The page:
By Olivia Gacka, PhD Student
October! The month of scary things. Scariest to me right now? That it’s officially the middle of the semester. I usually plan out my schedule and assignments to the halfway point of the syllabus and tell myself the rest is Future Olivia’s problem. Well, Future Olivia is here and she’s responsible for making sure she knows what to read for next week.
But I’m going to take it a step further and use this natural middle point to map out what the rest of the semester will look like. While it may sound like a lot for me to suggest you take time in your schedule that may or may not exist to sit down and plan out what’s coming months down the line, you’ll be grateful that you did. Here are some tips for calendaring the rest of your semester:
- Prioritize by magnitude: Rather than going chronologically, I go by the big ticket items in my schedule first, and fill in the smaller, lower-priority items later: class, assignment, job, etc. My biggest non-negotiables for this semester look like a final paper, my friend’s wedding, and a big work event. Yours may look different, you may have a ton this semester and not as many the next. But taking some time to figure out what the biggest benchmarks are will help you with my next suggestion…
- Know what’s in pen & what’s in pencil: This only applies to a physical calendar, which there are arguments for holding onto, but stay with me. Priorities like a research paper deadline or being in my friend’s wedding aren’t negotiable, but wanting to go to my professor’s office hours are, in that this is something I could reschedule if I need to. However, if you have a habit of canceling things to make room for other things, and you wish you didn’t, try using this tip to train yourself into committing to things you may otherwise bail out on by writing it on a physical calendar in pen, as opposed to pencil, which you can erase.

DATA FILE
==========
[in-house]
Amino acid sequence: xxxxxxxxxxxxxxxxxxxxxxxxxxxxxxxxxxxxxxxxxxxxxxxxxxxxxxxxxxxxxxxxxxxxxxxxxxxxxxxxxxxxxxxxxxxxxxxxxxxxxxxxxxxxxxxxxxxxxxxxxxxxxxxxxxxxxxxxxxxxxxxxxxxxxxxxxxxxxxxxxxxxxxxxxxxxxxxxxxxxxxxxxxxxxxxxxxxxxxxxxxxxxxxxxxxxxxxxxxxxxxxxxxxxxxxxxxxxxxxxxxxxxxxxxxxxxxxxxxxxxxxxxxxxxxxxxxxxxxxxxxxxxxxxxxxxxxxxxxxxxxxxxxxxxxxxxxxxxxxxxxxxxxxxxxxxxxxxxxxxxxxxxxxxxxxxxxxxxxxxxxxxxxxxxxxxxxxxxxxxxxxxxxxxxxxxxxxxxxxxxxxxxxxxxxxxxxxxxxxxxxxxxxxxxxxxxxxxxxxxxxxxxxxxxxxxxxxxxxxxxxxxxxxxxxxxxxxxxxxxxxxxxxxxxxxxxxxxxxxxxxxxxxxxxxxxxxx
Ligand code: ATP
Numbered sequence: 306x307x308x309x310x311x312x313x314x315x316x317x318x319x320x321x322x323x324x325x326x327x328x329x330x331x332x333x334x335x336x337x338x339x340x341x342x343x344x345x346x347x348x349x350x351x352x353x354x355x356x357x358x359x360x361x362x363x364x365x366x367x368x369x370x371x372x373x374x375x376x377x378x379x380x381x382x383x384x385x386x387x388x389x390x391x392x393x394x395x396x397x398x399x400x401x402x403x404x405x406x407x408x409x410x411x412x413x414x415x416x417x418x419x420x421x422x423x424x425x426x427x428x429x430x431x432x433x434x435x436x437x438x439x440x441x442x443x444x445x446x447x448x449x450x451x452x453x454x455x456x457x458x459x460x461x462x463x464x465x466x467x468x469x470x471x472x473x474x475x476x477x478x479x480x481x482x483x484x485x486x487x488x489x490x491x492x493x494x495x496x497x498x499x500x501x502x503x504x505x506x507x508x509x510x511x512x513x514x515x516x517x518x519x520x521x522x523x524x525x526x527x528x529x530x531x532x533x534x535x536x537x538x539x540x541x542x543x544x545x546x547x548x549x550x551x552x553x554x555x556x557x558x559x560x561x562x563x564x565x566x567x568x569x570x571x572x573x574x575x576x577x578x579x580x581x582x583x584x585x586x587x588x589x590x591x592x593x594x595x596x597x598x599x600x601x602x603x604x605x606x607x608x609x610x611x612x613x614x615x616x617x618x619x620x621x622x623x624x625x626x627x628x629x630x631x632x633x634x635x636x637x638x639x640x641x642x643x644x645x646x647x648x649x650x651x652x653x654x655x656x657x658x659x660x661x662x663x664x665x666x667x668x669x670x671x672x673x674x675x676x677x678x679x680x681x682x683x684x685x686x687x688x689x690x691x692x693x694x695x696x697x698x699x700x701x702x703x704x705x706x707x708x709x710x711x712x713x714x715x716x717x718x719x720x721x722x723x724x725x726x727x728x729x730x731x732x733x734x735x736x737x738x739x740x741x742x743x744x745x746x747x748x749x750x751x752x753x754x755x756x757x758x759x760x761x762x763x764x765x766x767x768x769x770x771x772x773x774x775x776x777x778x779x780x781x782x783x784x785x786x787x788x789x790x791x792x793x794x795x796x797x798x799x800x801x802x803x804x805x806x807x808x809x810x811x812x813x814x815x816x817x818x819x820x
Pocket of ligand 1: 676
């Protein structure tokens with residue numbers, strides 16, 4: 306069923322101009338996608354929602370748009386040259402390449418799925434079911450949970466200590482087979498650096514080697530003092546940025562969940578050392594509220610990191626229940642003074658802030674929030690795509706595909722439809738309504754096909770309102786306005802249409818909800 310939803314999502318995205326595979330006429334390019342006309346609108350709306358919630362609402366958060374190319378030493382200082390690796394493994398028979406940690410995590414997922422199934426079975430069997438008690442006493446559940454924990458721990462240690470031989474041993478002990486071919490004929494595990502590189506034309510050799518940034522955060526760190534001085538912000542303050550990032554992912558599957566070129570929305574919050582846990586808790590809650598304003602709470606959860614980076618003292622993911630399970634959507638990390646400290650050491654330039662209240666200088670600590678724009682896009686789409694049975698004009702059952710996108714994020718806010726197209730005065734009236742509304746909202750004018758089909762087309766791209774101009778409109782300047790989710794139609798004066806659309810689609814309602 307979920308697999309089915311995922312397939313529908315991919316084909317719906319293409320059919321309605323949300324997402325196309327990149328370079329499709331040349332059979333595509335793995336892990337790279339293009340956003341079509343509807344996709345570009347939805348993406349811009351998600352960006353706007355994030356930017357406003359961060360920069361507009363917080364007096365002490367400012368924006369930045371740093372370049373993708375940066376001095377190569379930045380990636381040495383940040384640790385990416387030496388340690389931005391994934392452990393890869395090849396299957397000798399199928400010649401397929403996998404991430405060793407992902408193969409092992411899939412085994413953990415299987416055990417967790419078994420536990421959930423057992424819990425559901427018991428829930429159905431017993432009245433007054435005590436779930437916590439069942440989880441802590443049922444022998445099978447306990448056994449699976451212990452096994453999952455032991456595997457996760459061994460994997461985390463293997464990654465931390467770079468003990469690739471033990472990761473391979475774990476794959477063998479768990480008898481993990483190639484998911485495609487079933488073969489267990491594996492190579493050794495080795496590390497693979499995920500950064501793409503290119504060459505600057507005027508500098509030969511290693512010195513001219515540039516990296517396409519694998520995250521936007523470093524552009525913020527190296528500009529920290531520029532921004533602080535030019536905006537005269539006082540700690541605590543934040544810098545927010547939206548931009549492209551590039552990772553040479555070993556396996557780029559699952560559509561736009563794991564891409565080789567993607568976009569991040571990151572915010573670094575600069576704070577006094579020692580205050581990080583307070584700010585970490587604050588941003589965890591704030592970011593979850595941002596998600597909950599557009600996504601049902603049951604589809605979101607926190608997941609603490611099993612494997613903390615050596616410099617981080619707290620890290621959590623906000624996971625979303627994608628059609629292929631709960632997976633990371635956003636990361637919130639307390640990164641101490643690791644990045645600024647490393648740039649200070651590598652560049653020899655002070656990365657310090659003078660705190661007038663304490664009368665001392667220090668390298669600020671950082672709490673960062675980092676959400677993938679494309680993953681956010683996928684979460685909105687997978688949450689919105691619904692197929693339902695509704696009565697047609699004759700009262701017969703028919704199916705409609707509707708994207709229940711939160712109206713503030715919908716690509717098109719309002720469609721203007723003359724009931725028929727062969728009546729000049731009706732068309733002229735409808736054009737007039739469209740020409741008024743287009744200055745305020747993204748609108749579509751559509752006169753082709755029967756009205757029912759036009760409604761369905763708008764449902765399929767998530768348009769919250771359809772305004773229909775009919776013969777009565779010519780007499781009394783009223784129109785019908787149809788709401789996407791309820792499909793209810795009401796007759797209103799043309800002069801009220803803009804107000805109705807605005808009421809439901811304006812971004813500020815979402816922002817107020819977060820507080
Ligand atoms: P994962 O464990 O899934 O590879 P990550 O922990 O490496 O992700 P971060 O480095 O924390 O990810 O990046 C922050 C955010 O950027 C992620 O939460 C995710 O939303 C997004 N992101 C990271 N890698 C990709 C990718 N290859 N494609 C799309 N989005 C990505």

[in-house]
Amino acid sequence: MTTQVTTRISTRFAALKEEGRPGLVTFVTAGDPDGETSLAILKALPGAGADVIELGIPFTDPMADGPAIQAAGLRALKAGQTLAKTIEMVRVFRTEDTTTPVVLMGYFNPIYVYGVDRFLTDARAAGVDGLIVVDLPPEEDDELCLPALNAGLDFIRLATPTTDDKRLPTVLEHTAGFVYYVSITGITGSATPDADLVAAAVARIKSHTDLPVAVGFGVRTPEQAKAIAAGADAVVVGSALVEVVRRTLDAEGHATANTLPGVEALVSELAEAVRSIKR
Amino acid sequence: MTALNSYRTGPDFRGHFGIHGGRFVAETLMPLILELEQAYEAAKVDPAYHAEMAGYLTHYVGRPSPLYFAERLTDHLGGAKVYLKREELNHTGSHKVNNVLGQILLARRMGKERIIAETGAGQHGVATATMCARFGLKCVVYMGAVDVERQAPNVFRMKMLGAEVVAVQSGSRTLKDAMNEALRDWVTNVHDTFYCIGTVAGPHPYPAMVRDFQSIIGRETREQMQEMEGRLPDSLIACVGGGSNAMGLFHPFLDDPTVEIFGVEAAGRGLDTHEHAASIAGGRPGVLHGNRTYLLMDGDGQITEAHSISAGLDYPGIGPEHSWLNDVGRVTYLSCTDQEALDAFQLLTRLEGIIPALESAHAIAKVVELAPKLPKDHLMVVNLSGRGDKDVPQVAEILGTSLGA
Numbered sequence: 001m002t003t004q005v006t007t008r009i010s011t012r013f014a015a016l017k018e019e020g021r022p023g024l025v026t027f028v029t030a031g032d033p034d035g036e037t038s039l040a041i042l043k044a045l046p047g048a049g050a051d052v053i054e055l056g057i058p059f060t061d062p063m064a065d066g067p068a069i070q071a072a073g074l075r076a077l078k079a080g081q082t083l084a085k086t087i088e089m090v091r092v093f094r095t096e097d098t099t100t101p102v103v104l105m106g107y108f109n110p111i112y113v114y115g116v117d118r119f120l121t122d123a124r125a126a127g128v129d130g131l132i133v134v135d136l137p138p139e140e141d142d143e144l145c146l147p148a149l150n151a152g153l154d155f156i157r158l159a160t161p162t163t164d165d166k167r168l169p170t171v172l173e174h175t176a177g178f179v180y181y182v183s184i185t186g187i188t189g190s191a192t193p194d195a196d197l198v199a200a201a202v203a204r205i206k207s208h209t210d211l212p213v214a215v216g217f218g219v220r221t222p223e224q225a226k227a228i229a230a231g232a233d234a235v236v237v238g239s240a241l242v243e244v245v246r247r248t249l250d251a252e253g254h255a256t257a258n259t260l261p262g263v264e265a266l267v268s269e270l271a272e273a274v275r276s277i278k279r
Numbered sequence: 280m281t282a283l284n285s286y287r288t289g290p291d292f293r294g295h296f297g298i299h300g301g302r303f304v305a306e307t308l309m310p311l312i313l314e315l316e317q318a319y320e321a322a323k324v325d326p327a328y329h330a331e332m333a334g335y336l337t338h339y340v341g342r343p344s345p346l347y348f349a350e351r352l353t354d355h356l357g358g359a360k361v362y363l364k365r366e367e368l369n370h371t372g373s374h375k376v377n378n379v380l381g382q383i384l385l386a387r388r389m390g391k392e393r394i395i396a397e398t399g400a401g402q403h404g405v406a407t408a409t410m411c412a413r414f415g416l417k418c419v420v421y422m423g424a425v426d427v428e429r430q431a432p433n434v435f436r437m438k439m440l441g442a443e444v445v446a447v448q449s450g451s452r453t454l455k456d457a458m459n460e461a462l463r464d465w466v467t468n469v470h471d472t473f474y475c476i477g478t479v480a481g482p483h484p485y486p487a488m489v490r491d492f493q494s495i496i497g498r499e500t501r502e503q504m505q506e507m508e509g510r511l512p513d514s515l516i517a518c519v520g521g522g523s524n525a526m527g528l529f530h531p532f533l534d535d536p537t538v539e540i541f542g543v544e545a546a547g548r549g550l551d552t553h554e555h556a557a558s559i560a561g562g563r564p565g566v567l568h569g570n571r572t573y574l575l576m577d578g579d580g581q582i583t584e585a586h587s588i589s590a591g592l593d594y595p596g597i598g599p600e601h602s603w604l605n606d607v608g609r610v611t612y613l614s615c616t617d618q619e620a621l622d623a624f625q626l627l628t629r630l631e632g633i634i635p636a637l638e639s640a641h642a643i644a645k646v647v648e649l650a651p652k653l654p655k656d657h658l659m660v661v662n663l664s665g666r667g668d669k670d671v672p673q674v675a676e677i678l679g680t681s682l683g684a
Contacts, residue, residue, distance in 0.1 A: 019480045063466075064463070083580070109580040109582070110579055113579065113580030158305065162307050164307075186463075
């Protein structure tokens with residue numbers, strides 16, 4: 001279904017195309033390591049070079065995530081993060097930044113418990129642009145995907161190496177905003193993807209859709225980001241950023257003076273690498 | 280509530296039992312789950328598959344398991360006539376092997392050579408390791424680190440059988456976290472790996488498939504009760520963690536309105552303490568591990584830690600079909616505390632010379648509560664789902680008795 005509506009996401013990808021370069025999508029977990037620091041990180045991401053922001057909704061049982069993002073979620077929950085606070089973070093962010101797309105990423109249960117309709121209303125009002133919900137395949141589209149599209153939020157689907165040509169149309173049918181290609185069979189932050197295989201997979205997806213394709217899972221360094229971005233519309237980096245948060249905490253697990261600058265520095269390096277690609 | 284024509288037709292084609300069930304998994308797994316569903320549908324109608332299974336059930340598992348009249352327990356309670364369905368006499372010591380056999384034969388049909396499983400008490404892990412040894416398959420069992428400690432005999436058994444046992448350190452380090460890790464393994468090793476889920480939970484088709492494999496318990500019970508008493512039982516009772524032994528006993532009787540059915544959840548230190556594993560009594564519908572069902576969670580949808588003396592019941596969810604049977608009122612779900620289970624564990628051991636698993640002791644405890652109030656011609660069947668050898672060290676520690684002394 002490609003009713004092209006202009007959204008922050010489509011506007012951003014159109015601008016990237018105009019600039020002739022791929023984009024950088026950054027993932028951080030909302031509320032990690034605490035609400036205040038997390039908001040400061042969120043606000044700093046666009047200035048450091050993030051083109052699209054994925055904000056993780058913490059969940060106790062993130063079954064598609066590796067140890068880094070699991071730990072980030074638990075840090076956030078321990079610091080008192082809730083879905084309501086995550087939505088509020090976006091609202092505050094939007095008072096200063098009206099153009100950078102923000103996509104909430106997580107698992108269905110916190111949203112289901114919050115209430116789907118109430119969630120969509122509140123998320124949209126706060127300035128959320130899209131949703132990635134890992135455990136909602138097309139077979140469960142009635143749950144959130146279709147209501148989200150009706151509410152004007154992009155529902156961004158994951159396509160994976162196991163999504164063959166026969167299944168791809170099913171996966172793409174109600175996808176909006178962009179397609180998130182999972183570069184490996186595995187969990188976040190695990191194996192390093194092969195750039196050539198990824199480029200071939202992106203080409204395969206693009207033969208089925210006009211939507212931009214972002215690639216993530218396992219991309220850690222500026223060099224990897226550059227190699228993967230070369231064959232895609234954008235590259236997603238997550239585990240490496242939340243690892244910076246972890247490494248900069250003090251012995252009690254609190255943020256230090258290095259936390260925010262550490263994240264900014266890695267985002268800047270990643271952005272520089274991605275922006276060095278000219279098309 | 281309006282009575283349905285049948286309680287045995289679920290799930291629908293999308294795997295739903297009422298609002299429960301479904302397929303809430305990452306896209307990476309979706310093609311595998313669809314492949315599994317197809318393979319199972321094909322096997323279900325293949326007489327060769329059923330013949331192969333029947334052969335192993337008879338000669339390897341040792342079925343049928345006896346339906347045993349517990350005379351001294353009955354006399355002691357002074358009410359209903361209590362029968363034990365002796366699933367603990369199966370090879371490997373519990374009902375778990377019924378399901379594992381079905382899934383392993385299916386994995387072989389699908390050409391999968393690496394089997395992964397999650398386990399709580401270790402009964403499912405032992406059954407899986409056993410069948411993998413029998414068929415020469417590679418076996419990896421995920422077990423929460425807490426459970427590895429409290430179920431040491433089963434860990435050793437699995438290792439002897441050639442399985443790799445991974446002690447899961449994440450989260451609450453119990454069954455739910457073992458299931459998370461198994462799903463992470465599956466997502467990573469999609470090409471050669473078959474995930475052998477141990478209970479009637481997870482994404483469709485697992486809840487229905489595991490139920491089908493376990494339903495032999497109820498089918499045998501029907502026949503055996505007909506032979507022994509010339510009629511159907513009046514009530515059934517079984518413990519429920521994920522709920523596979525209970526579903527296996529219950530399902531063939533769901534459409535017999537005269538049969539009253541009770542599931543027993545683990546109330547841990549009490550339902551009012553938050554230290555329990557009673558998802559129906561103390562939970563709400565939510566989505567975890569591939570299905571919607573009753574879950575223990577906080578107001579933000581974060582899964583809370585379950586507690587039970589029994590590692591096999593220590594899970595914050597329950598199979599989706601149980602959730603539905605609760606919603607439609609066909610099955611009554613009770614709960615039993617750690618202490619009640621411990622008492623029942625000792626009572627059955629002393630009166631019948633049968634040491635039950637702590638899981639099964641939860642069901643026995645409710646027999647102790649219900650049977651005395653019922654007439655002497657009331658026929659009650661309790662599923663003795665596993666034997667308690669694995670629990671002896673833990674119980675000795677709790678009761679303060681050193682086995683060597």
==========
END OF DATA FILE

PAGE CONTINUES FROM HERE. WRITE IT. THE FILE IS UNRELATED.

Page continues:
- Work backwards: If you have a final paper, work project, or report due during finals, another tactic to consider for effective calendaring is working backwards to add benchmarks that lead up to a final product. Anything from “draft due on December 5” all the way down to “have one paragraph written by 11:59 pm” on every Sunday for the month of November are great way to try this out and see if it helps you manage your bigger assignments.
- Schedule ‘you’ time: If you’ve been reading my Tips columns over the past year and a half you may already know what I’m about to say. Schedule breaks! It is essential that you plan downtime, treats, breaks, or moments of calm for yourself. It is not frivolous or supplemental to do so, and is in fact a key factor in maintaining productivity and balance in your life as a graduate student. Scheduling these things with the same level of reverence that you schedule your graduate work will pay off in the short and long term.
Tips for Grads is a professional and academic advice column written by graduate students for graduate students at UW–Madison. It is published in the student newsletter, GradConnections Weekly.